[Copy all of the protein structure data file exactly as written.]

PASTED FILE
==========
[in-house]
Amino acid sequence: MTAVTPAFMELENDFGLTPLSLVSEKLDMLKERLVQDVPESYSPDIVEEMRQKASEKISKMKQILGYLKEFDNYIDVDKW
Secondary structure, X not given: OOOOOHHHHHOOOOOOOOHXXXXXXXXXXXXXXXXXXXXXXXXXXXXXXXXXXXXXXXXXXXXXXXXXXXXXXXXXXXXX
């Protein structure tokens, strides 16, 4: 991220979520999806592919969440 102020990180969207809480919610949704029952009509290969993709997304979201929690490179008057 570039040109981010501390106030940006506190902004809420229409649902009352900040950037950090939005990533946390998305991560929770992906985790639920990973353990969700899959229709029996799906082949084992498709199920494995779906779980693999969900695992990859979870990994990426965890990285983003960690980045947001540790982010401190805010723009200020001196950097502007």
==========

[in-house]
Amino acid sequence: MTAVTPAFMELENDFGLTPLSLVSEKLDMLKERLVQDVPESYSPDIVEEMRQKASEKISKMKQILGYLKEFDNYIDVDKW
Secondary structure, X not given: OOOOOHHHHHOOOOOOOOHXXXXXXXXXXXXXXXXXXXXXXXXXXXXXXXXXXXXXXXXXXXXXXXXXXXXXXXXXXXXX
């Protein structure tokens, strides 16, 4: 991220979520999806592919969440 102020990180969207809480919610949704029952009509290969993709997304979201929690490179008057 570039040109981010501390106030940006506190902004809420229409649902009352900040950037950090939005990533946390998305991560929770992906985790639920990973353990969700899959229709029996799906082949084992498709199920494995779906779980693999969900695992990859979870990994990426965890990285983003960690980045947001540790982010401190805010723009200020001196950097502007």